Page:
On the day Jack Kevorkian was sentenced, shackled, and sent off to state prison, he was, according to the Harris Poll, more famous than anyone in America, except for the president and first lady. He certainly was far better known than the governor of Texas, one George W. Bush.
The mood in America was very different. The economy was roaring on April 13, 1999. Gas was $1.59 a gallon. Ford Motor Co. was making billions so fast that year that the automaker used some of them to buy Volvo.
For the previous 15 months, the most pressing problem in the United States had been a president who clumsily fooled around with an eager White House intern and then lied about it. The biggest problem in the world seemed to be a civil war in the ruins of Yugoslavia. The most despicable man in the world was commonly assumed to be the villain of that conflict, Slobodan Milosevic, president of Serbia. President Bill Clinton was, that morning, begging the Congress that had just impeached him for money to stop the Yugoslav war.
Six thousand people were alive, innocents who would later die in the 9/11 attacks and in the Iraq war, during the years Kevorkian would be incarcerated.
On the day Dr. Death went to prison, very few people had ever heard the name Osama bin Laden. Nobody had heard of Barack Obama or Paris Hilton. American Idol did not exist.
Physician-assisted suicide – also known as “the right-to-die” movement – had been a national issue for years, thanks in part to one man. He had been on all the networks and had made the cover of Time.
In fact, what Kevorkian had done – thanks in large part to the skills of attorney Geoffrey Fieger – was to make physician-assisted suicide de facto legal. Metro Detroit prosecutors had sworn off charging him. The garage of the lakefront ranch Kevorkian rented from Fieger was filling up with wheelchairs of those who no longer would need them. Other doctors were thinking about openly assisting patients.
But then Kevorkian self-destructed, as thoroughly as a suicide bomber, which, in a sense, he was. In September 1998, he videotaped himself performing euthanasia on a patient, and sent it off to 60 Minutes.
In doing so, he taunted the authorities, dared them to charge him. When they did, he fired Fieger and insisted on running his own disastrous defense.
That bold move got him a second-degree murder conviction.
He had always done it his way. Now that was about to change. Oakland County Circuit Judge Jessica Cooper was on the bench that day of his sentencing.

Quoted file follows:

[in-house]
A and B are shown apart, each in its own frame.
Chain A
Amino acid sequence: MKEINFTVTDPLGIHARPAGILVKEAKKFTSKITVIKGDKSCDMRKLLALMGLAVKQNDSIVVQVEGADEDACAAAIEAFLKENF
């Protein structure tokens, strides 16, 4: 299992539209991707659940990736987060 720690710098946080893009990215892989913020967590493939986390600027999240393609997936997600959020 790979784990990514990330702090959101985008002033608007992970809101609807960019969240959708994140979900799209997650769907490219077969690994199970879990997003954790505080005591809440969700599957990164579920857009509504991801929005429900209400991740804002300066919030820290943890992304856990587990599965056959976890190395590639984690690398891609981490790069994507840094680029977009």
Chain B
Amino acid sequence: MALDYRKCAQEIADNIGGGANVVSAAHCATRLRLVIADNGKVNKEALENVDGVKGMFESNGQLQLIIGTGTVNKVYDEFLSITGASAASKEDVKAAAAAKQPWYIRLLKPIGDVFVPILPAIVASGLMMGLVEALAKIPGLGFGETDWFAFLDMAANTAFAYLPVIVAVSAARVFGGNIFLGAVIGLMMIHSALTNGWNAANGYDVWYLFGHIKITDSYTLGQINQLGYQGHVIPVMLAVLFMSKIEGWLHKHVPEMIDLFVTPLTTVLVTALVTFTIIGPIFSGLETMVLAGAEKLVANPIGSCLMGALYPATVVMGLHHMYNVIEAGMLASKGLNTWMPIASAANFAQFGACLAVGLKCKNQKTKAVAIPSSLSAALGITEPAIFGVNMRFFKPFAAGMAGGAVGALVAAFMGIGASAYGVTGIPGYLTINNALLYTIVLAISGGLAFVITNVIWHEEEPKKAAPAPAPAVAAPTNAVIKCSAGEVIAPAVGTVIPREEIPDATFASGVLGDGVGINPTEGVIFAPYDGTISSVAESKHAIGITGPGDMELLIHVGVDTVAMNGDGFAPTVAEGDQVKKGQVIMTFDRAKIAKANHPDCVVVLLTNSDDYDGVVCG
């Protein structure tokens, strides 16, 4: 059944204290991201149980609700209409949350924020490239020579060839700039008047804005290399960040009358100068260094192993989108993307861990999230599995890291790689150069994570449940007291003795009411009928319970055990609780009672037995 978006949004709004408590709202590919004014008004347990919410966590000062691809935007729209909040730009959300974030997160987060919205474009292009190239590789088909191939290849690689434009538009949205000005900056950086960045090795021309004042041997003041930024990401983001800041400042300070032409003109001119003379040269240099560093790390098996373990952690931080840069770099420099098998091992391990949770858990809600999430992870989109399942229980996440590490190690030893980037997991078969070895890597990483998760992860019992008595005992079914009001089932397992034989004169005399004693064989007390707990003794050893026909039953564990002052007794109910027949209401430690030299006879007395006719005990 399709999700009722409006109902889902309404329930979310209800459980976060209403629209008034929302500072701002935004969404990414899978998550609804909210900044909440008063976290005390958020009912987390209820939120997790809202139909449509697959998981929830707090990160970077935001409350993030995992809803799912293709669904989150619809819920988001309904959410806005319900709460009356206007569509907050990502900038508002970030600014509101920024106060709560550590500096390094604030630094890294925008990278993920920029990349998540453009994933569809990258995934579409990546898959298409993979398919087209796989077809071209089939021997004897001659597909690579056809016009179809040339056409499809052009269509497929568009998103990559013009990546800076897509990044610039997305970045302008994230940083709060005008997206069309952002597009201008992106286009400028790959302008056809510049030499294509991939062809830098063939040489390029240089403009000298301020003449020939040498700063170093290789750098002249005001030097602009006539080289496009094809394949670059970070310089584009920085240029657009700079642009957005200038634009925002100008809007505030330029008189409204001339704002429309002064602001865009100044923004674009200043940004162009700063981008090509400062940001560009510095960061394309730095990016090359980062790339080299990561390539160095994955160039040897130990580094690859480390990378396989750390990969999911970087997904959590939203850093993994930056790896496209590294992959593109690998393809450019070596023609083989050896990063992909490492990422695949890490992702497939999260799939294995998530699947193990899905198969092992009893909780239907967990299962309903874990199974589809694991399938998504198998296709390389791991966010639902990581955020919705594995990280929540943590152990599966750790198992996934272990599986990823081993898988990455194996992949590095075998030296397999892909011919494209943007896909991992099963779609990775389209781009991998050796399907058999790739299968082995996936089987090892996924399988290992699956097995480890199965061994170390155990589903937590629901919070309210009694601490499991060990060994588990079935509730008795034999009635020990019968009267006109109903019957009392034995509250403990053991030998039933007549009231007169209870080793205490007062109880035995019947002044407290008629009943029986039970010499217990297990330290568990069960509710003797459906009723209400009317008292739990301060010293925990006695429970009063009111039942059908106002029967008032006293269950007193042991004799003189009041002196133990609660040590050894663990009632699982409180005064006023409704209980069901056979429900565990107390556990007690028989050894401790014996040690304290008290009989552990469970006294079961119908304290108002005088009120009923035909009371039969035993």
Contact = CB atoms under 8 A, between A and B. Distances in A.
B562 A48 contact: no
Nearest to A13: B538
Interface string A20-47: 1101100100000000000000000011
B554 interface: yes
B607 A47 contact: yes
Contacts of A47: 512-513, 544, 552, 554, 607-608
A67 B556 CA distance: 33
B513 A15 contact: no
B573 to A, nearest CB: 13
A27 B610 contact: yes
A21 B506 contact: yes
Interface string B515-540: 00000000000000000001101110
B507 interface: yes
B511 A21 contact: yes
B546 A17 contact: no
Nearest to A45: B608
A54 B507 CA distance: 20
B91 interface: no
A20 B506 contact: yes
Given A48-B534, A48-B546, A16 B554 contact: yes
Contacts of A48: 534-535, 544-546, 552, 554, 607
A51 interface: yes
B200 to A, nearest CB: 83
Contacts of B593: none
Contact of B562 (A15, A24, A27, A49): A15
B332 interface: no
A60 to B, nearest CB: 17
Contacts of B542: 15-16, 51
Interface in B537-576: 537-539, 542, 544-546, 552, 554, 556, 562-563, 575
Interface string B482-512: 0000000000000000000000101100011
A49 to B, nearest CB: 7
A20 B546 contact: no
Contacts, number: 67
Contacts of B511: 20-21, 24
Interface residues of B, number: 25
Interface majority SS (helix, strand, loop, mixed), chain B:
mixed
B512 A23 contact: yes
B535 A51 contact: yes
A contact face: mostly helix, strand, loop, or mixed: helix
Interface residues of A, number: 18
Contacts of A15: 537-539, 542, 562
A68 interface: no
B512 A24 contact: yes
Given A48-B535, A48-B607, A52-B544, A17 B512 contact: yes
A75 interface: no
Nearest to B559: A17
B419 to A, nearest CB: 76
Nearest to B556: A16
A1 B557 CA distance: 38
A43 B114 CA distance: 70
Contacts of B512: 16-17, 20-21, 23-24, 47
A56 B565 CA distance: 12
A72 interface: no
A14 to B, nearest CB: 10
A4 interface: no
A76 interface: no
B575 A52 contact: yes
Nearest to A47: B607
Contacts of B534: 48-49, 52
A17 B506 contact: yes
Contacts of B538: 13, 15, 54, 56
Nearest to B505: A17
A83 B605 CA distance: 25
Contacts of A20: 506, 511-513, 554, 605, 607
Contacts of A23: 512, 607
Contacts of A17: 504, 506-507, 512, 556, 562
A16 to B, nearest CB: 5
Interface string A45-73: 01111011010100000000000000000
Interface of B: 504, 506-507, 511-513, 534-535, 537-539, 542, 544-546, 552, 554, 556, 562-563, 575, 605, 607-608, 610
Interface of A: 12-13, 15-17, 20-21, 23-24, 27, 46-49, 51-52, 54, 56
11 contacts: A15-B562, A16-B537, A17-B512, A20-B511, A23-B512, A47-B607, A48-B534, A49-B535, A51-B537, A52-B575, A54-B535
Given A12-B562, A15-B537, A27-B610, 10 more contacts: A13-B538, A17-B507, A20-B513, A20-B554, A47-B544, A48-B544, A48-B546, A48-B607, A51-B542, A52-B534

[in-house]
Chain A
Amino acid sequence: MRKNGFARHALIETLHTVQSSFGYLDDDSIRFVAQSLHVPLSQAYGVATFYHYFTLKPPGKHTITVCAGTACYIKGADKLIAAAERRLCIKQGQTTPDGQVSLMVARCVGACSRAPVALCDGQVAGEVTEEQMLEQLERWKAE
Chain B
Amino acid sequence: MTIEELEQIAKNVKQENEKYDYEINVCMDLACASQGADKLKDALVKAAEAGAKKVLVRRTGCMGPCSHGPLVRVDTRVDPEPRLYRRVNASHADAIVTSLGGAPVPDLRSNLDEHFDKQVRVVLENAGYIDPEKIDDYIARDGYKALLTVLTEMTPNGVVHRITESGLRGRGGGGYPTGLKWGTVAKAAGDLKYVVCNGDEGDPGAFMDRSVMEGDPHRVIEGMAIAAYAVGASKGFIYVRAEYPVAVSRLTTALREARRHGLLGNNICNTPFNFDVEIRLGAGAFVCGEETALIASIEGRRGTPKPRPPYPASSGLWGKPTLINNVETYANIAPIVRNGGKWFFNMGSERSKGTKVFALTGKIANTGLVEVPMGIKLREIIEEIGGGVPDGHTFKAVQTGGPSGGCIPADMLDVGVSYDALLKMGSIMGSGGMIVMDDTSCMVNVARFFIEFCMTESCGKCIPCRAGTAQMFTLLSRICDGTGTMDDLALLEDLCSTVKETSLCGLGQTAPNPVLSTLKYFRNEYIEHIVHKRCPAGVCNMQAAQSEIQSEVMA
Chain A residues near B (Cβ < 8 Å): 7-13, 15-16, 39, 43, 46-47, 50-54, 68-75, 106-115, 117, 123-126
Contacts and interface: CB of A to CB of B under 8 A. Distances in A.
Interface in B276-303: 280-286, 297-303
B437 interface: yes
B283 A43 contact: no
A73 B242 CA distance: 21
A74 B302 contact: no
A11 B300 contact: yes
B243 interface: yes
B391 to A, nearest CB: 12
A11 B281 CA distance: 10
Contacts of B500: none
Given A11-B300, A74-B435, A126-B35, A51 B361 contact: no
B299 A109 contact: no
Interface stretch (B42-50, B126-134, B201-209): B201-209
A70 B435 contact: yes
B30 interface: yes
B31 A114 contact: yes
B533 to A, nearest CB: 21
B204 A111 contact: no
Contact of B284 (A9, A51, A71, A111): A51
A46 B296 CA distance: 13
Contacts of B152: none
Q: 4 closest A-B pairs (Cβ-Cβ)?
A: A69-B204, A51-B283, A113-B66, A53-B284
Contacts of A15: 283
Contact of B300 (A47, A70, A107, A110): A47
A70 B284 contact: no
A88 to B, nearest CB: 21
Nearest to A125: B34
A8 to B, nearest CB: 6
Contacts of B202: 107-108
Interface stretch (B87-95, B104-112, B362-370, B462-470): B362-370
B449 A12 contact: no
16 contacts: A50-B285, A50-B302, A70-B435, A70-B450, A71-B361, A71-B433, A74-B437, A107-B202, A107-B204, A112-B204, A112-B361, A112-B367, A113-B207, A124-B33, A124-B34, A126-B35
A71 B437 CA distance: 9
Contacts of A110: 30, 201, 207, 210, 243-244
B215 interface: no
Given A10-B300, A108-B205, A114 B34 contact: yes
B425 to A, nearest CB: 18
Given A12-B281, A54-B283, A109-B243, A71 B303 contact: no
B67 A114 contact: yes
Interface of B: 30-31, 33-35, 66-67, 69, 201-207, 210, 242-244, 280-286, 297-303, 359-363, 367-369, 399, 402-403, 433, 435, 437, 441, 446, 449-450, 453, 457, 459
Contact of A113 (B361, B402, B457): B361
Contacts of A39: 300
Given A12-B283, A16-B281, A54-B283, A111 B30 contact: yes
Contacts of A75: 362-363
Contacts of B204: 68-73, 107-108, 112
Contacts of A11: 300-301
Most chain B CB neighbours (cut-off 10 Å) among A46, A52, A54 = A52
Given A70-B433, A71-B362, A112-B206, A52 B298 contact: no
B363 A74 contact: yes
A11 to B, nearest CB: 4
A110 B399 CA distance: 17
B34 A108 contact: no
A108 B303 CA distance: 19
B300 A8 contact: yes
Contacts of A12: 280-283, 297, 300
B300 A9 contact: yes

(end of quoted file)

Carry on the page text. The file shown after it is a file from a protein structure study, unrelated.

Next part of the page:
Some assumed she would be sympathetic. They were wrong. “You had the audacity to dare the legal system to stop you,” she said from the bench. “Well, sir, consider yourself stopped.” She gave him 10-25 years, far harsher than anyone expected.
Kevorkian had wanted a conviction. “Now I’ve got them right where I want them,” he said, fully expecting massive protests demanding his release, followed by a U.S. Supreme Court ruling saying assisted death was a right.
But his supporters melted away. “I think a lot of us came to realize that it wasn’t really about the issue,” but, rather, about his bizarre needs, said a woman who was one of the “survivors,” as relatives of assisted-suicide patients called themselves.
After the conviction, the friends and families of his earliest patients vanished, and so did the media.
“Prisoners don’t usually get to hold press conferences,” John Skrzynski, the Oakland County assistant prosecutor who put him away, said the day “Dr. Death” became Prisoner 284797.
Suddenly, the Michigan Department of Corrections banned broadcast interviews with inmates. Out of sight really meant out of mind. The networks felt the story was over anyway. Kevorkian had used up his fame. The prison system transferred him around to various maximum-security facilities.
Soon, other issues captured national attention. There were sports scandals and a disputed presidential election. One morning, two years later, Kevorkian’s new legal team finally managed to get a hearing to argue for a new trial. Not long into the hearing, they sensed a strange tension. Finally, the judge cut the hearing short. The courthouse was being evacuated. It was Sept. 11, 2001.
Eventually, the appeal was turned down. The U.S. Supreme Court declined to hear his case. His supporters dwindled to Ruth Holmes, the metro Detroit handwriting analyst whose family took him in just before he went to prison; his physician, Stanley Levy; and a handful of friends.
Mayer Morganroth, the attorney who took up Kevorkian’s cause, never stopped fighting. Then, shortly after her re-election, Gov. Jennifer Granholm announced Kevorkian would be paroled June 1.
The state was in serious economic trouble, the prisons were bulging, and she wanted to lower the prison population by 5,000 inmates who were seen as no longer dangerous.
Kevorkian, now 79, vowed never to help anyone die again. And so he qualified.
Kevorkian’s intimates say he intends to spend his remaining years living quietly, perhaps with the Holmes family, writing, lecturing, and working to make physician-assisted suicide legal.
Ironically, that’s precisely what he had virtually accomplished 10 years ago. Then he single-handedly ruined what he had built – though not completely.
Oregon, the home state of his first patient, has legalized a form of physician- assisted suicide. And doctors everywhere realized they needed to get a lot more serious about pain management. The hospice movement took off, in large part to provide an alternative to Kevorkian.
Yet will society ever fully embrace the idea of doctor-assisted death?
“Of course they will,” Kevorkian told me long ago, when he was briefly in the Oakland County Jail. They will, he said, “for the wrong reasons.
“You are a baby boomer. There are lots more of you than the generation after you.
“They aren’t going to pay to keep you on machines forever.”
Now, sometimes at night, I have a sneaking suspicion that he may well be right.